My first job out of college was as a web producer at a local TV news station. I worked the early morning shift, 4 am to 1 pm, and I was just miserable. Nine months in, after much deliberation and doubt, I decided to quit. I remember the news director, a well-meaning old white guy, was leaving around the same time. Essentially, he told me that he was in a stronger financial situation so his decision made sense. But as for me, a twenty-something fresh out of college making $29,000 a year, he said I should probably reconsider leaving a stable job. I understood where he was coming from (I’d had all those same thoughts myself), but I knew in my gut how unhappy I was. It just wasn’t worth it. And in the long run, it all worked out. People always say that — “Oh, it’ll work out” — but I can tell you from experience that it’s true.



As a Latina, what is a valuable lesson you can offer other BIWOC who are interested in what you do?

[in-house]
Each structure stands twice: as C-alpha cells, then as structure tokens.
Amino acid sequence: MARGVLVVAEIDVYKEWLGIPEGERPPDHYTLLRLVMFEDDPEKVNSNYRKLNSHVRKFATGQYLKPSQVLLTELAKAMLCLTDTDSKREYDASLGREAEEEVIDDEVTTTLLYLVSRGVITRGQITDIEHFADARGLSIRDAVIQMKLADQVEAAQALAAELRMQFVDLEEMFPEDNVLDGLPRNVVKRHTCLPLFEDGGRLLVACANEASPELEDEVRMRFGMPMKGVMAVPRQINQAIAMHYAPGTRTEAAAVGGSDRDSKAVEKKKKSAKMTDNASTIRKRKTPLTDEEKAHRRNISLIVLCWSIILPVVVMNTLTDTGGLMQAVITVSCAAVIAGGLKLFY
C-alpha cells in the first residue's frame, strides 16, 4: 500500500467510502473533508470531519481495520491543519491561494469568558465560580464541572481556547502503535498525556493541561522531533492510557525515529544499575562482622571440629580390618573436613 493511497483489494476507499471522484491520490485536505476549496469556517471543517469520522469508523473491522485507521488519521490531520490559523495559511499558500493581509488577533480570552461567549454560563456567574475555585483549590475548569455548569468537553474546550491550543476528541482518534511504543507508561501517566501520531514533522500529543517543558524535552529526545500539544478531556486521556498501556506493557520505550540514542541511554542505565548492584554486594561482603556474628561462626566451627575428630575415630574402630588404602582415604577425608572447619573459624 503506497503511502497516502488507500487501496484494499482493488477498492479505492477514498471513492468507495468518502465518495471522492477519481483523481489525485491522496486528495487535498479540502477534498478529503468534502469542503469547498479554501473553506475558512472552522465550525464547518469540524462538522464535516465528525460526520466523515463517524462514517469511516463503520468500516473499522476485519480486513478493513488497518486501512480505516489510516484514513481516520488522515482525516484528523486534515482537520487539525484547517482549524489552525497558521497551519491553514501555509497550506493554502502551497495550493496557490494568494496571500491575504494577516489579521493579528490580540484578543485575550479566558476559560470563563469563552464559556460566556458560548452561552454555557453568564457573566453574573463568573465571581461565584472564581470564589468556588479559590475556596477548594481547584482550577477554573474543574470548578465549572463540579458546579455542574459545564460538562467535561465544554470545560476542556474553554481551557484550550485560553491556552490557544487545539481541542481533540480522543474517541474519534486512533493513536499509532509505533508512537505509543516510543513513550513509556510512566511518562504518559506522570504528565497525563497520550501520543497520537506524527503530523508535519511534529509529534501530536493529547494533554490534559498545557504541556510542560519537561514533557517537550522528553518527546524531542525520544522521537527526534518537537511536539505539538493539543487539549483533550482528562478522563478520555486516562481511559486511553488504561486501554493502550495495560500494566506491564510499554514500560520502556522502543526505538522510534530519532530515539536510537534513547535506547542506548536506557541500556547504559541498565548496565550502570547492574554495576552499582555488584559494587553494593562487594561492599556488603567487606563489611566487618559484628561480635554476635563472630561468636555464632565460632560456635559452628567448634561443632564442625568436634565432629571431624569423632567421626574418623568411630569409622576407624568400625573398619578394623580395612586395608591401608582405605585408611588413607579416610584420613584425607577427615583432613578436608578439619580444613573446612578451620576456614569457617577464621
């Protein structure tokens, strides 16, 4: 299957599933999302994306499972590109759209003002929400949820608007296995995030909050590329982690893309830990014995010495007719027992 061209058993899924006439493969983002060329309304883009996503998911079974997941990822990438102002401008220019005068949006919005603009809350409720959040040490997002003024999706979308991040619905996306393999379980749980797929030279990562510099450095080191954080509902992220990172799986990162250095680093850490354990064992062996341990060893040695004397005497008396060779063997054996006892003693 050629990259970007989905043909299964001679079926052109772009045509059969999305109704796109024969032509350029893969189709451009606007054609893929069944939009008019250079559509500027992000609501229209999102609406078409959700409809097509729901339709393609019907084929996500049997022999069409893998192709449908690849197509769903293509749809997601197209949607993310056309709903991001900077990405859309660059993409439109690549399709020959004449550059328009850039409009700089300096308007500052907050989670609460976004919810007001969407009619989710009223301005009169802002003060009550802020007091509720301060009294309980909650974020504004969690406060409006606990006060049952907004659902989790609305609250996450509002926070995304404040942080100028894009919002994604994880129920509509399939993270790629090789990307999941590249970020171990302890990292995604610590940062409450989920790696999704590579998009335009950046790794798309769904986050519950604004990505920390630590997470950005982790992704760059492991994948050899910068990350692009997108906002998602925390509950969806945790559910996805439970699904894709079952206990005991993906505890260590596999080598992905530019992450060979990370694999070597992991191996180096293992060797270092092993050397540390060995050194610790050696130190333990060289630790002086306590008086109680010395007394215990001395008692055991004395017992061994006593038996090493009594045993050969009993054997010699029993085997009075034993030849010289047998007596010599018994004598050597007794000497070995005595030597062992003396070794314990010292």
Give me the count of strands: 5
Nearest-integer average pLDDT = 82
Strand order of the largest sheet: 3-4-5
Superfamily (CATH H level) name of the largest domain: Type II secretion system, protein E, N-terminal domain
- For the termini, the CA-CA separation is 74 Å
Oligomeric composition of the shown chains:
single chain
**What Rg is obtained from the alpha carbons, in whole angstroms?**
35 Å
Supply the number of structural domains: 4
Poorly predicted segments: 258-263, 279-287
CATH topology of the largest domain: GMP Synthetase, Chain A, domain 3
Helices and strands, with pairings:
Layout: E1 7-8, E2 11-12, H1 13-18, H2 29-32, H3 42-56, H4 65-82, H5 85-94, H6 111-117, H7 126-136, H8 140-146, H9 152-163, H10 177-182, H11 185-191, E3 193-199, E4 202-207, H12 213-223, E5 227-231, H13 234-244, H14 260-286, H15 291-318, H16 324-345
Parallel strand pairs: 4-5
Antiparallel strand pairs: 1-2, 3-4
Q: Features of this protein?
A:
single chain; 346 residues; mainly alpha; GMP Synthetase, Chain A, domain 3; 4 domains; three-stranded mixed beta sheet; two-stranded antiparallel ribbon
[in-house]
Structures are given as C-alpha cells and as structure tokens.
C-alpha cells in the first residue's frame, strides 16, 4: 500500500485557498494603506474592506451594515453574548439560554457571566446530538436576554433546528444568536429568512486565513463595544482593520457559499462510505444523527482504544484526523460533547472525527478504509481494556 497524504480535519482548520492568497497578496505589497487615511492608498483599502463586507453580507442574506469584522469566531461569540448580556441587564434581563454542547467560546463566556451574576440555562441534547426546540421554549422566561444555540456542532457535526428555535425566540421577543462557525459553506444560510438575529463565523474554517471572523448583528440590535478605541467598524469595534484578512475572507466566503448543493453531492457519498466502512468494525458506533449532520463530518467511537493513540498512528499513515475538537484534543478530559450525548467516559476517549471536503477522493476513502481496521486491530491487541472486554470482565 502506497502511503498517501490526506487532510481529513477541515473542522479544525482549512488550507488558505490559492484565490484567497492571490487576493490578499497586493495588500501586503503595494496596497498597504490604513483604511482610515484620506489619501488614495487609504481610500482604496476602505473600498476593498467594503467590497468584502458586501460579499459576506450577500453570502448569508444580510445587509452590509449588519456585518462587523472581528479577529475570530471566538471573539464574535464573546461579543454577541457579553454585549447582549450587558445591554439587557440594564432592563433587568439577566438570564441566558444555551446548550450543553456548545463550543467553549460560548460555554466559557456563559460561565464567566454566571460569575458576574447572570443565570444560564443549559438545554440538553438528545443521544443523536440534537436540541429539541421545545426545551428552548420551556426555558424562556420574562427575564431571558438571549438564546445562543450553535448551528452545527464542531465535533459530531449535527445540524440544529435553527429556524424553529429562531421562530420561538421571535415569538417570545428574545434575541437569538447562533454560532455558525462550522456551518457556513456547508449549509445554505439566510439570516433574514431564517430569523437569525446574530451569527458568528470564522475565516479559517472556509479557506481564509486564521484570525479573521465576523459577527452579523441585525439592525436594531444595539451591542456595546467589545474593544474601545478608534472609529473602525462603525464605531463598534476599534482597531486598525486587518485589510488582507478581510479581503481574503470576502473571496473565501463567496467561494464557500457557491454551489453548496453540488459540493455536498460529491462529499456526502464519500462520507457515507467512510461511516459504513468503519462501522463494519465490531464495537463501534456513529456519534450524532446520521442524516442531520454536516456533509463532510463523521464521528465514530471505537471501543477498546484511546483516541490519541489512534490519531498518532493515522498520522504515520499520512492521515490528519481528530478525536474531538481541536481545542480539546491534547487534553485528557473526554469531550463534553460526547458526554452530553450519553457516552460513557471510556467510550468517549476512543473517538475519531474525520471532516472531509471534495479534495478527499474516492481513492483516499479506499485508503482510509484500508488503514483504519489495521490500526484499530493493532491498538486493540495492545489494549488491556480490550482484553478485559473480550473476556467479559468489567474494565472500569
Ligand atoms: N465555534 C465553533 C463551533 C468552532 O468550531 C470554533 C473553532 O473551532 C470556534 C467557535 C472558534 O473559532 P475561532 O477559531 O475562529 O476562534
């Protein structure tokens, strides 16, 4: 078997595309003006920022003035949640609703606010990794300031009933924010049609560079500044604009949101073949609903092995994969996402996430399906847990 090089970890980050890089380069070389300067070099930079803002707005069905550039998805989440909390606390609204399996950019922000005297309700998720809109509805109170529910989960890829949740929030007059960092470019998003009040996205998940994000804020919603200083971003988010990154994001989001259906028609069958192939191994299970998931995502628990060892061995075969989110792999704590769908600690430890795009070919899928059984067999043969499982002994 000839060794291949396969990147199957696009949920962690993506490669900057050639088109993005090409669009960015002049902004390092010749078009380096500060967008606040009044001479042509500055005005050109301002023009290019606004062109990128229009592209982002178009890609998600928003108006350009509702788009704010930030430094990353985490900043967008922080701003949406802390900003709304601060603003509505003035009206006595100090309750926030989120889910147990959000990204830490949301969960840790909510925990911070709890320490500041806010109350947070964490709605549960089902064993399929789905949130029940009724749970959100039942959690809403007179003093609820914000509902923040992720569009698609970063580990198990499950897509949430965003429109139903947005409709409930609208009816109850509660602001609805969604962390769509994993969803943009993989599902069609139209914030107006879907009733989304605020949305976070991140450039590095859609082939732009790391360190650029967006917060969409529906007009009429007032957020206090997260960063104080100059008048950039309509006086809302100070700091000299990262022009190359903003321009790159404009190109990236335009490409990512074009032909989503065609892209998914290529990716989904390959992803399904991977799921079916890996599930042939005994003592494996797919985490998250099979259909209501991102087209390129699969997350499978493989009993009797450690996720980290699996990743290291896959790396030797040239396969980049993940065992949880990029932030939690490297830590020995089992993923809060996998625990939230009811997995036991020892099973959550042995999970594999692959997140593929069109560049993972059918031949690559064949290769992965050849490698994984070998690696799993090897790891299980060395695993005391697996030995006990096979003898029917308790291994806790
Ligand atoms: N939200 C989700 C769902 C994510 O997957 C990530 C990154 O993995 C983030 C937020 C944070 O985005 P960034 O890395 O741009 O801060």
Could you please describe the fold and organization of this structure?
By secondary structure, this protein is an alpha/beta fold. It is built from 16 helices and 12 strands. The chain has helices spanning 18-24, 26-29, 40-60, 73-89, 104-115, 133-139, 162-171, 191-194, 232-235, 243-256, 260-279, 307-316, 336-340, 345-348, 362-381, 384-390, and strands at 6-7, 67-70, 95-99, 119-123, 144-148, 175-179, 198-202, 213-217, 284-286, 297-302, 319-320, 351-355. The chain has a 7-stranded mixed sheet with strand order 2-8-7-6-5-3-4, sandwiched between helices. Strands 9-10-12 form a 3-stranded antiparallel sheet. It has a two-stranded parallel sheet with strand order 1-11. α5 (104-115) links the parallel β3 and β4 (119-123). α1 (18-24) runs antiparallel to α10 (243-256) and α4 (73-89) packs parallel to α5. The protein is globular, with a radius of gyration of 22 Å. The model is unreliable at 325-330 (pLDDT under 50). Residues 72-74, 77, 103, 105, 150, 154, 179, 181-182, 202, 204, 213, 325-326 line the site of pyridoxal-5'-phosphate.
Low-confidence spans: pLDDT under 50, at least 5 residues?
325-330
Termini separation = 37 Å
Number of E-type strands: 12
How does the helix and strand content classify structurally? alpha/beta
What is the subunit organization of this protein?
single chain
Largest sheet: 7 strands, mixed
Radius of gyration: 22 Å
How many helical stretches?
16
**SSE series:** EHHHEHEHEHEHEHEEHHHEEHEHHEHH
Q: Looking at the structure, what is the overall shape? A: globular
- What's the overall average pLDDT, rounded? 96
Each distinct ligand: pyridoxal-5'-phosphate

Do your research. Have specific, tangible goals. For me, it was the difference between, “I want to write more and get published,” and “I will write five stories a month and send 20 pitches to these 10 publications.”

The progress happens when you start to get into the details. Know that you will likely have to work that much harder for your voice to be heard and for your contributions to be valued. It might take longer than you’d like. But you have to trust the timing of your life. Lean on other women of color and those in your community for support and to amplify your work.

You’ll be amazed at how far that encouragement and good energy can take you.



Are there barriers that BIPOC women face in your industry?